This Demonstration deals with frac-tiles of order four, based on the selected transformation rules involving unit translations, rotations of 60 degrees and/or reflections. Frac-tiles are plane figures that, at their limit, can be dissected into smaller congruent figures and/or their reflections. This makes them rep-tiles with fractal boundaries. Order four refers to the minimum number of congruent figures needed to divide the frac-tile.

Frac-tiles can be generated by iteration using rules that determine the location and orientations of the component shapes. Using this method, one can start with a simple component shape: in this Demonstration, use the "basic tile" popup menu to select "rhombus" or "comma." The final iterated shape is independent of the basic tile. The starting shapes are not arbitrary, but other shapes such as a hexagon are possible. Note that all the intermediate iteration shapes are valid starting shapes. The code allows generation of numerous transformation rules that are compatible with the same simple starting shapes, and generally speaking, with any of their intermediates. The rules are generated from the selections made for transformations A and B. The result for each, after four iterations, is shown at the left edge. To see the result of a single transformation at more or fewer iterations, use the "breeding" popup menu to select "A only" or "B only" to see the main result.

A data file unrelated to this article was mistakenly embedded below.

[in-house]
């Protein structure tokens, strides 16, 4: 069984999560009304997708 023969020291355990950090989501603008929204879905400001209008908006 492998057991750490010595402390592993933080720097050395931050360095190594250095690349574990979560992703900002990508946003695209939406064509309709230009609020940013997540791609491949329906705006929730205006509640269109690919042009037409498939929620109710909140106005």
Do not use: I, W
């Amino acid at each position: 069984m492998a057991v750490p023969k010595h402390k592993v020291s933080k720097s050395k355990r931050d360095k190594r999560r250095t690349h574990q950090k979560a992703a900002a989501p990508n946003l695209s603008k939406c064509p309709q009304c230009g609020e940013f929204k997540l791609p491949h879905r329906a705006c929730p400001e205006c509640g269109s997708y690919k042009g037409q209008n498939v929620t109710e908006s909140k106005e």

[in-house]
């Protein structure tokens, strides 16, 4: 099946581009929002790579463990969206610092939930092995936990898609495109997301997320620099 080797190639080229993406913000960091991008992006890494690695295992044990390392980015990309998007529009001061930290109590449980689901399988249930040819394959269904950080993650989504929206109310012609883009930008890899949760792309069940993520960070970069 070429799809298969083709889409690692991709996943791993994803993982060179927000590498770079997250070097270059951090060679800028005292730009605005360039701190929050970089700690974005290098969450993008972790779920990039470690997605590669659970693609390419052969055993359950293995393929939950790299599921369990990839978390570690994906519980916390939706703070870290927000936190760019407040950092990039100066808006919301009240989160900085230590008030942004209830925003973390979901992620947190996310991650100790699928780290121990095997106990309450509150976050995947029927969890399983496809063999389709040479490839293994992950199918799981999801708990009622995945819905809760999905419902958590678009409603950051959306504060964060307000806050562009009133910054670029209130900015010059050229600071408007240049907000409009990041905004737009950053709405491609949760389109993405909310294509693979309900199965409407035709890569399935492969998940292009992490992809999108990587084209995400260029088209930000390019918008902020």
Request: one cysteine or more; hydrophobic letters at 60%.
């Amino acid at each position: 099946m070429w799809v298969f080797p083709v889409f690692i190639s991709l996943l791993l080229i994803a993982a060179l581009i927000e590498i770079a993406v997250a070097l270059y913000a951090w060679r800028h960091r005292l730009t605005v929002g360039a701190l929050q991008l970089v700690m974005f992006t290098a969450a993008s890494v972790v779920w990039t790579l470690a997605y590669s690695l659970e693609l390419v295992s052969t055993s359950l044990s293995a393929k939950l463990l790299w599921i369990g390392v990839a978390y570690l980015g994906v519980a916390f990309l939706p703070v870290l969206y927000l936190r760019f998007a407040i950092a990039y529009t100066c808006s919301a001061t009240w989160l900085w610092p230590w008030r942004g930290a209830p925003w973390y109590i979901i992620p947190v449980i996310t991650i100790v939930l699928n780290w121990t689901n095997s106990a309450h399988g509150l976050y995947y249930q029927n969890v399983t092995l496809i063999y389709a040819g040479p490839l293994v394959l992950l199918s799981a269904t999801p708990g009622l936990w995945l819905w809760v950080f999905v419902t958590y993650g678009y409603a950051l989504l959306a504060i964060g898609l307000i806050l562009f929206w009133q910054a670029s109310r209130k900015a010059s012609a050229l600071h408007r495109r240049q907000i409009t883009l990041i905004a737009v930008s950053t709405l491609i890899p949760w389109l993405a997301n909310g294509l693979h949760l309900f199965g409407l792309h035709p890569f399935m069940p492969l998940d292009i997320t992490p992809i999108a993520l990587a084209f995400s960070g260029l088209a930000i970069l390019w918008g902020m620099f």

The compatibility of the starting tiles for the transformations allows interpolation of the frac-tiles by breeding the transformation rules. If the interpolation recipe is

-cyclic, the result will be a frac-tile of order

; otherwise, the resulting fractal is not a frac-tile. This Demonstration allows selection of various sample breeding recipes between the two selected transformation rules. The dissected tile outlines can be shown up to level 5, and the original tile shape can also be selected. A few combinations of "type" and "orientation" result in identical rep-tiles, but in the breeding they may produce different results.

More transformation rules than used in this Demonstration are possible, especially when unconnected tiles are allowed. Breeding recipes could also mix more than two transformation rules, but the code allows definition of just two rules at a time. Since any of the given rules could be applied at any level, an enormous number of different fractals are theoretically possible.

Only approximations of fractals can be visualized. For a theoretical fractal, the number of iterations has to approach infinity and a recipe of infinite length would be needed. However, computational resources would soon run out, so we must be content with using our imagination.